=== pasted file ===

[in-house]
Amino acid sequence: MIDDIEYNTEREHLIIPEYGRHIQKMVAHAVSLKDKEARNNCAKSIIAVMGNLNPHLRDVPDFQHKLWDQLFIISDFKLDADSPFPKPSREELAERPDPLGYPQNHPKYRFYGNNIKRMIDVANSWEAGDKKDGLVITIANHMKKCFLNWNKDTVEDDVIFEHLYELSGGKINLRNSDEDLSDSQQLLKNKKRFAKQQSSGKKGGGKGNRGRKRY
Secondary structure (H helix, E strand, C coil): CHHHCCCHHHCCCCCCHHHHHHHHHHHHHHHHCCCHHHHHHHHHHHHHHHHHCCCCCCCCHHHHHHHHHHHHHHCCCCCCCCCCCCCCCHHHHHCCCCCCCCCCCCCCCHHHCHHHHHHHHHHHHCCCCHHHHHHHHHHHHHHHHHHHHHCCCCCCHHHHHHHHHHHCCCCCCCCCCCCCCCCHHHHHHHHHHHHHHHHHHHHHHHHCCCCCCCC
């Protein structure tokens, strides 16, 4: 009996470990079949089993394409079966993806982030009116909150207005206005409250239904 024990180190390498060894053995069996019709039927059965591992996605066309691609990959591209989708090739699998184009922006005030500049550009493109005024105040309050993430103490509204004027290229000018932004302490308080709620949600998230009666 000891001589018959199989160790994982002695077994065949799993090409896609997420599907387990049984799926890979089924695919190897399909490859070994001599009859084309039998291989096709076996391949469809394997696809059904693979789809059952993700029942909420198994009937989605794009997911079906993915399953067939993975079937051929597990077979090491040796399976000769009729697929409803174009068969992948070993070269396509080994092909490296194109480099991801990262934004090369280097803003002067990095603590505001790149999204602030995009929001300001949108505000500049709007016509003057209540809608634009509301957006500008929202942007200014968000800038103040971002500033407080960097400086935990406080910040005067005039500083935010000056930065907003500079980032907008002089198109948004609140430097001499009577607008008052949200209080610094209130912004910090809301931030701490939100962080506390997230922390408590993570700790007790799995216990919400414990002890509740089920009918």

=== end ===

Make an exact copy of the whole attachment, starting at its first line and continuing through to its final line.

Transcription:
[in-house]
Amino acid sequence: MIDDIEYNTEREHLIIPEYGRHIQKMVAHAVSLKDKEARNNCAKSIIAVMGNLNPHLRDVPDFQHKLWDQLFIISDFKLDADSPFPKPSREELAERPDPLGYPQNHPKYRFYGNNIKRMIDVANSWEAGDKKDGLVITIANHMKKCFLNWNKDTVEDDVIFEHLYELSGGKINLRNSDEDLSDSQQLLKNKKRFAKQQSSGKKGGGKGNRGRKRY
Secondary structure (H helix, E strand, C coil): CHHHCCCHHHCCCCCCHHHHHHHHHHHHHHHHCCCHHHHHHHHHHHHHHHHHCCCCCCCCHHHHHHHHHHHHHHCCCCCCCCCCCCCCCHHHHHCCCCCCCCCCCCCCCHHHCHHHHHHHHHHHHCCCCHHHHHHHHHHHHHHHHHHHHHCCCCCCHHHHHHHHHHHCCCCCCCCCCCCCCCCHHHHHHHHHHHHHHHHHHHHHHHHCCCCCCCC
């Protein structure tokens, strides 16, 4: 009996470990079949089993394409079966993806982030009116909150207005206005409250239904 024990180190390498060894053995069996019709039927059965591992996605066309691609990959591209989708090739699998184009922006005030500049550009493109005024105040309050993430103490509204004027290229000018932004302490308080709620949600998230009666 000891001589018959199989160790994982002695077994065949799993090409896609997420599907387990049984799926890979089924695919190897399909490859070994001599009859084309039998291989096709076996391949469809394997696809059904693979789809059952993700029942909420198994009937989605794009997911079906993915399953067939993975079937051929597990077979090491040796399976000769009729697929409803174009068969992948070993070269396509080994092909490296194109480099991801990262934004090369280097803003002067990095603590505001790149999204602030995009929001300001949108505000500049709007016509003057209540809608634009509301957006500008929202942007200014968000800038103040971002500033407080960097400086935990406080910040005067005039500083935010000056930065907003500079980032907008002089198109948004609140430097001499009577607008008052949200209080610094209130912004910090809301931030701490939100962080506390997230922390408590993570700790007790799995216990919400414990002890509740089920009918």